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Iraq Expects Answer On Security Deal After US Election

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BAGHDAD — Iraq expects an American response to requested changes in a draft security pact soon after this week's U.S. presidential election, an aide to the prime minister said Sunday.

Another Iraqi official said the U.S. indicated it would accept all the proposed changes except one _ greater Iraqi legal control over American soldiers and contractors.

Yassin Majeed said the U.S. response would come after Tuesday's vote so the president-elect _ either Barack Obama or John McCain _ could be briefed on the Iraqi proposals, which were submitted by Iraq's Cabinet last week.

Iraqi lawmakers say the changes are essential in order to win parliamentary approval for the deal, which would keep American troops in this country until 2012 and give the Iraqis a greater role in the conduct of U.S. military operations.

Parliament must approve the agreement before the year-end expiration of the U.N. mandate that allows coalition forces to operate here legally.

Without an agreement or a new U.N. mandate, the U.S. military would have to suspend its mission, and the U.S. military's future in Iraq would be up to the man who takes office in January.

McCain supported the 2003 invasion of Iraq and the troop surge which helped turn the tide.

Obama opposed the invasion and said negotiations on a security agreement should be conducted as part of a "broader commitment" to begin withdrawing the troops. Obama's campaign Web site says the Democratic candidate believes the agreement also should be approved by Congress.

Among other things, the Iraqis are now asking for a ban on using their territory to attack neighboring countries, removal of language that might allow the U.S. to stay here past 2011 and changes in a clause providing limited Iraqi jurisdiction over U.S. troops.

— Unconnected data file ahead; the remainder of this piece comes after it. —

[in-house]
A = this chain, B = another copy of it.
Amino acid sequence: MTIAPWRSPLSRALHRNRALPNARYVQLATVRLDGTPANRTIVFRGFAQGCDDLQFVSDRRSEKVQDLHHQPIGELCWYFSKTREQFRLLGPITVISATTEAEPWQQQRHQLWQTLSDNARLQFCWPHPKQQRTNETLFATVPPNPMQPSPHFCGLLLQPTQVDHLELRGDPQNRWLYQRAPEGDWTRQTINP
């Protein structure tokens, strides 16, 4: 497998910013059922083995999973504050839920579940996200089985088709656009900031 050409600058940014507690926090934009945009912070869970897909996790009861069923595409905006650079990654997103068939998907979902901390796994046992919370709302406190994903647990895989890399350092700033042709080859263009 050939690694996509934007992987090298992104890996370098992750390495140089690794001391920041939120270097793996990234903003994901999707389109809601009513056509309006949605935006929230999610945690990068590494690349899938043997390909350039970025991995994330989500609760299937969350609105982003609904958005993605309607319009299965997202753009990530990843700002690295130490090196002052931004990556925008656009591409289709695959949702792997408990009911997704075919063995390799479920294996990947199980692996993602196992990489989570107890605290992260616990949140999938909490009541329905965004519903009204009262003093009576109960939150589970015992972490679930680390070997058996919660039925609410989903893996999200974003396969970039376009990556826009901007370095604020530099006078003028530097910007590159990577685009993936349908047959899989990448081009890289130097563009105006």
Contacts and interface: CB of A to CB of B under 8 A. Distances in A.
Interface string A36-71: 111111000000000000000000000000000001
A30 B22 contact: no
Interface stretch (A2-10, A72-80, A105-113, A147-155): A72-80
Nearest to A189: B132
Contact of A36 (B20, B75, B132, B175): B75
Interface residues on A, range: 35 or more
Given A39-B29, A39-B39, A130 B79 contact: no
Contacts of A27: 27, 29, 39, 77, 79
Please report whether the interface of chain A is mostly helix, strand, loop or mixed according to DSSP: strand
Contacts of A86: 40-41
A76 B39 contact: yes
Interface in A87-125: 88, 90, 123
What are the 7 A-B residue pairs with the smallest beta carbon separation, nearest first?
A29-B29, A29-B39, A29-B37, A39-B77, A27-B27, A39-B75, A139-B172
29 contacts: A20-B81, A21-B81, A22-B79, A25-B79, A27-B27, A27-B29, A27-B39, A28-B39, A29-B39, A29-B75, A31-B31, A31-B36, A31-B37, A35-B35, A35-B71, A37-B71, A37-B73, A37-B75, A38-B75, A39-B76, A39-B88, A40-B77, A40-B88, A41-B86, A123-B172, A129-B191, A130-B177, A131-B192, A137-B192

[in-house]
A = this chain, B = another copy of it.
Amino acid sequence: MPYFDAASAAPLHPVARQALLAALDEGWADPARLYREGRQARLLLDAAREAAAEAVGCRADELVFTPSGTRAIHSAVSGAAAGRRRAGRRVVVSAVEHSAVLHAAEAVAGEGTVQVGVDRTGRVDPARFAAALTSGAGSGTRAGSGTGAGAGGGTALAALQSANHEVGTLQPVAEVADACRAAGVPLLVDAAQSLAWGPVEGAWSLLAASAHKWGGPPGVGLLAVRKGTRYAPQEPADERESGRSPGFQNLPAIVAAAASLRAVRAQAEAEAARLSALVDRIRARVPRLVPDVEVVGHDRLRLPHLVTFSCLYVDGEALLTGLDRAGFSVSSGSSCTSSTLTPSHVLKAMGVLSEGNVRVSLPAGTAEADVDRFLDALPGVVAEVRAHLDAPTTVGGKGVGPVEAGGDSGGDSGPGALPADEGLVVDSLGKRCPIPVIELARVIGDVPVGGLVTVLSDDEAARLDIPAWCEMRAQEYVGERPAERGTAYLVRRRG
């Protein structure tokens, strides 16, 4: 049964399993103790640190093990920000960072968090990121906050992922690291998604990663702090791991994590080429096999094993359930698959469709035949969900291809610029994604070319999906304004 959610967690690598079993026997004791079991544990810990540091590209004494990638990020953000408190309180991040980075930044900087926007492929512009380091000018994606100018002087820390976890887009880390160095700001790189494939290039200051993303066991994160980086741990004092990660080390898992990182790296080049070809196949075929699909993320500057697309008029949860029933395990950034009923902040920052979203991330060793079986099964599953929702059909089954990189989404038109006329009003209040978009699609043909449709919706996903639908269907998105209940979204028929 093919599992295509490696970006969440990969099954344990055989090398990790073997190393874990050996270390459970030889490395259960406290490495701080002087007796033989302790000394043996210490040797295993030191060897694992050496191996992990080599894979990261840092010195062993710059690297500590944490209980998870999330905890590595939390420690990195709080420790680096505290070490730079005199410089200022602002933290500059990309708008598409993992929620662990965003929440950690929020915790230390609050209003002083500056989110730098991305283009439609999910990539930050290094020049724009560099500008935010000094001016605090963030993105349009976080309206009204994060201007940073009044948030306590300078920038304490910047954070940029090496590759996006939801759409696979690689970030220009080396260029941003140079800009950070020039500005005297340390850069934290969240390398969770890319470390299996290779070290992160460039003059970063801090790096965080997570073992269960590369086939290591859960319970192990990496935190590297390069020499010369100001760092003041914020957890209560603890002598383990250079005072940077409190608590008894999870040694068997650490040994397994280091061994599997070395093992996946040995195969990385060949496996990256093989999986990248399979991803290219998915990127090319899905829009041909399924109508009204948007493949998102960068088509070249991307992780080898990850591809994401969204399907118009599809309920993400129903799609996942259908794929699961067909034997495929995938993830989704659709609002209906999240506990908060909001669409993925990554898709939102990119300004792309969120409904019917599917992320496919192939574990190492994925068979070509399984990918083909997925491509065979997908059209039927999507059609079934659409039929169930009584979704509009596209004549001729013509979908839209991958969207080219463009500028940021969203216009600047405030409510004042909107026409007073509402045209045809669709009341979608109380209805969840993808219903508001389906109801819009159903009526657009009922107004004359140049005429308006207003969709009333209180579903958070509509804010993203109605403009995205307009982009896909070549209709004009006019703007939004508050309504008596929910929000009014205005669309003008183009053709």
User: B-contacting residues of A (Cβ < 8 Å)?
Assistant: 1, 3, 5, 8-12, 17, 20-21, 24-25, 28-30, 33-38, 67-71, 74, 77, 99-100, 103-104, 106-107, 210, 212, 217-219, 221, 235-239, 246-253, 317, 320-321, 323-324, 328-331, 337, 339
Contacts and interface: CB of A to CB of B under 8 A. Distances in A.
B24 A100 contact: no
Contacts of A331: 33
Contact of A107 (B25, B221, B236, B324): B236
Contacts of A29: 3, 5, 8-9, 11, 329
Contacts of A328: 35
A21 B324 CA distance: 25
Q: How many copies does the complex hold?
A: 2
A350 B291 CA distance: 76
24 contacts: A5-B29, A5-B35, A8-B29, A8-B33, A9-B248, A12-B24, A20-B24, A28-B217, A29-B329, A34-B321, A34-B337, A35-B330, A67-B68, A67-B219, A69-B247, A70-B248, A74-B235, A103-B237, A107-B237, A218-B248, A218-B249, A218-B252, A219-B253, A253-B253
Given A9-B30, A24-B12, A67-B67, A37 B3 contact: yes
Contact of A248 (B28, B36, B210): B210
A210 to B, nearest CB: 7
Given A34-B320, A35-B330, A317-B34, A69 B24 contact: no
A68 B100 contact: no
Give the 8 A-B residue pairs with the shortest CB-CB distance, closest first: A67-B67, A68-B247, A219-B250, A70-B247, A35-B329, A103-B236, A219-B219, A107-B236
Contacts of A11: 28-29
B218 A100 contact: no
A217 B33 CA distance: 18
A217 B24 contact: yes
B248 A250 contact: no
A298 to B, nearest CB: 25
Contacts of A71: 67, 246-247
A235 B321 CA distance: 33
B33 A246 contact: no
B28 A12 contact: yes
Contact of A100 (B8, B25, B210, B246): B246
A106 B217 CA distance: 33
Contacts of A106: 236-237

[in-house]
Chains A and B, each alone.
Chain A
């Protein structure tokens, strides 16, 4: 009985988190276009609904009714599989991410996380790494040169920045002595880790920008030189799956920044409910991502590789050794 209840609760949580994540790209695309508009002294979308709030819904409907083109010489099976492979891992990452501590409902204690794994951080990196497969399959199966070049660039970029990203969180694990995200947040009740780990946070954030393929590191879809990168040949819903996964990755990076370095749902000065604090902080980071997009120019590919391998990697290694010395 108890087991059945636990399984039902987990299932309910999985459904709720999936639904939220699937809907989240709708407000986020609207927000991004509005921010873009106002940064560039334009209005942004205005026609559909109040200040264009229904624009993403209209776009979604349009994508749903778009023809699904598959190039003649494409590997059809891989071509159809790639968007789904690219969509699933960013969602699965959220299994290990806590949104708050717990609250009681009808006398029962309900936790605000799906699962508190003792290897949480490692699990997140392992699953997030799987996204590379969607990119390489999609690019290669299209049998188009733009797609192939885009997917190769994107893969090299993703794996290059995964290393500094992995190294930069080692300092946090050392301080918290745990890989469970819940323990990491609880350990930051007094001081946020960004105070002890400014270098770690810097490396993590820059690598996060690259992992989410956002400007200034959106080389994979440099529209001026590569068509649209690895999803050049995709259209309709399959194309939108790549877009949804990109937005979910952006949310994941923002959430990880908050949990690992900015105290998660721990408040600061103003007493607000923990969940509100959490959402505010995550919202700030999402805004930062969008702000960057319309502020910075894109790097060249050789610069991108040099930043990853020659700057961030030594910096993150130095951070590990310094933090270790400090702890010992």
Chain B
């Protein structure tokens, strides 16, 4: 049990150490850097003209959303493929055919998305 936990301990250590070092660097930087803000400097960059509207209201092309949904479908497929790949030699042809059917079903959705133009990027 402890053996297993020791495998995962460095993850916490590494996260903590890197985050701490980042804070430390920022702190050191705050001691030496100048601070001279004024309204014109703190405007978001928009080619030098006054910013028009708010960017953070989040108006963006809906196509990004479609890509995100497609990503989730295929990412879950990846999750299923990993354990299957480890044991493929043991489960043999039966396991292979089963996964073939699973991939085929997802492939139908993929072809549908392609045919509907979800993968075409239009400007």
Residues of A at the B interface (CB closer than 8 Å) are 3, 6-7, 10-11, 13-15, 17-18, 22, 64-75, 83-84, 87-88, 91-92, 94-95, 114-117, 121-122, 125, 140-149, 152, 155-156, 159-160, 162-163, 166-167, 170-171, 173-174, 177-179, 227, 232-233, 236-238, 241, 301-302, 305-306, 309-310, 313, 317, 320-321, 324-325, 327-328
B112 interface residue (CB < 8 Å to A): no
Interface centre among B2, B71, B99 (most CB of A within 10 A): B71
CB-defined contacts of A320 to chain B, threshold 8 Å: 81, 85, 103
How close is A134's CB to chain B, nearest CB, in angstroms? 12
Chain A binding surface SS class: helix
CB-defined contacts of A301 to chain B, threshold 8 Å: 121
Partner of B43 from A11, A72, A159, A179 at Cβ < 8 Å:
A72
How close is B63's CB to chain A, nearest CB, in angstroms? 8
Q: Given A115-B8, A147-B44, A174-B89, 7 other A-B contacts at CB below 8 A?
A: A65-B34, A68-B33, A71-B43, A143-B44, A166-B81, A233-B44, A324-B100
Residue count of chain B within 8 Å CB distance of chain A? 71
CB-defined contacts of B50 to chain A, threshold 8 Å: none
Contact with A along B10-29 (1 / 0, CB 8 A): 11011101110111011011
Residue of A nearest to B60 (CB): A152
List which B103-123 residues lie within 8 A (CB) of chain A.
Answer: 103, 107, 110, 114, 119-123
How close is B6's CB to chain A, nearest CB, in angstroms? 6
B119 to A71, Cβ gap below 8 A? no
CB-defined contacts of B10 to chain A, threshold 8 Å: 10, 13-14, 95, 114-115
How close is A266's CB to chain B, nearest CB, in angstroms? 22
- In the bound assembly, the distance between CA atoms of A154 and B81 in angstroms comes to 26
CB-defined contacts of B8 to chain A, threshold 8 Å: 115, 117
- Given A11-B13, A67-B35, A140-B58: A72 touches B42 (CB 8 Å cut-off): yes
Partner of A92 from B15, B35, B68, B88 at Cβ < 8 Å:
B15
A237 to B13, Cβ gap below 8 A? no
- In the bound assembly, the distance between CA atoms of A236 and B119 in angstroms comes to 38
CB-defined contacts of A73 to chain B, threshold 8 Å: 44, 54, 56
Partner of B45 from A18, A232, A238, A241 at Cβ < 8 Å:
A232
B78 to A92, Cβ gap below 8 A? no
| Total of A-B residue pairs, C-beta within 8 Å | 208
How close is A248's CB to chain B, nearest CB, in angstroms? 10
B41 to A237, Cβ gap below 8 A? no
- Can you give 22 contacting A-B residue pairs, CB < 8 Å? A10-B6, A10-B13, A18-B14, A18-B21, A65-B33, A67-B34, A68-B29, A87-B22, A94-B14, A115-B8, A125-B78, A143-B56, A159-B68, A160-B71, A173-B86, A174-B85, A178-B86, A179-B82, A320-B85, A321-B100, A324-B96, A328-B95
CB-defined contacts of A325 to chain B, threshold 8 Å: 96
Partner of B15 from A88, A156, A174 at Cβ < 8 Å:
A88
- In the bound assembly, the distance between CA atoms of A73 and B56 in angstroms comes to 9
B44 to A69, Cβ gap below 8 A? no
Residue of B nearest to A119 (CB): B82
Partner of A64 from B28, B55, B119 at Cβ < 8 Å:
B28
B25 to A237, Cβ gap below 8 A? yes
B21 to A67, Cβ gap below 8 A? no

The current draft provides for limited Iraqi jurisdiction for major crimes committed off post and off duty.

The Iraqis want a joint U.S.-Iraqi committee to decide whether accused soldiers were off duty or on authorized missions.

Another aide to Prime Minister Nouri al-Maliki said he met with U.S. officials Saturday and was told that Washington was prepared to accept all those changes except the one involving jurisdiction.

The official said he urged the Americans to compromise on the jurisdiction request.

U.S. Embassy spokeswoman Susan Ziadeh said the U.S. was "still in the process of considering carefully the Cabinet revisions" and would respond soon. U.S. officials in Washington have described the jurisdiction demand as a non-negotiable "red line."

Iraqi President Jalal Talabani said there was "no Iraqi consensus" in support of the agreement, but he expected one to emerge in the coming weeks.

"If the American side agrees to our amendments to the pact, it will be a good pact and we can be proud of it," he said in an interview aired Sunday night by government television.

Privately, many Iraqi officials say they need U.S. troops to guarantee the security gains of the past two years until Iraq's army and police are ready to do the job. Publicly, however, many lawmakers have been reluctant to declare a position on the agreement, fearing a backlash from Iraqis who want foreign forces to leave.

Iraqi authorities are feeling more confident since a sharp drop in violence in the country after the Sunni revolt against al-Qaida and the routing of Shiite militias in Baghdad and southern Iraq last spring.

Still, attacks continue, although at a lower level, and U.S. officials warn the gains are reversible.

Lt. Gen. Nasier Abadi, the Iraqi army's deputy chief of staff, said the military had drawn up a report on its capability to defend the country "in case the friendly forces withdraw." He did not elaborate.

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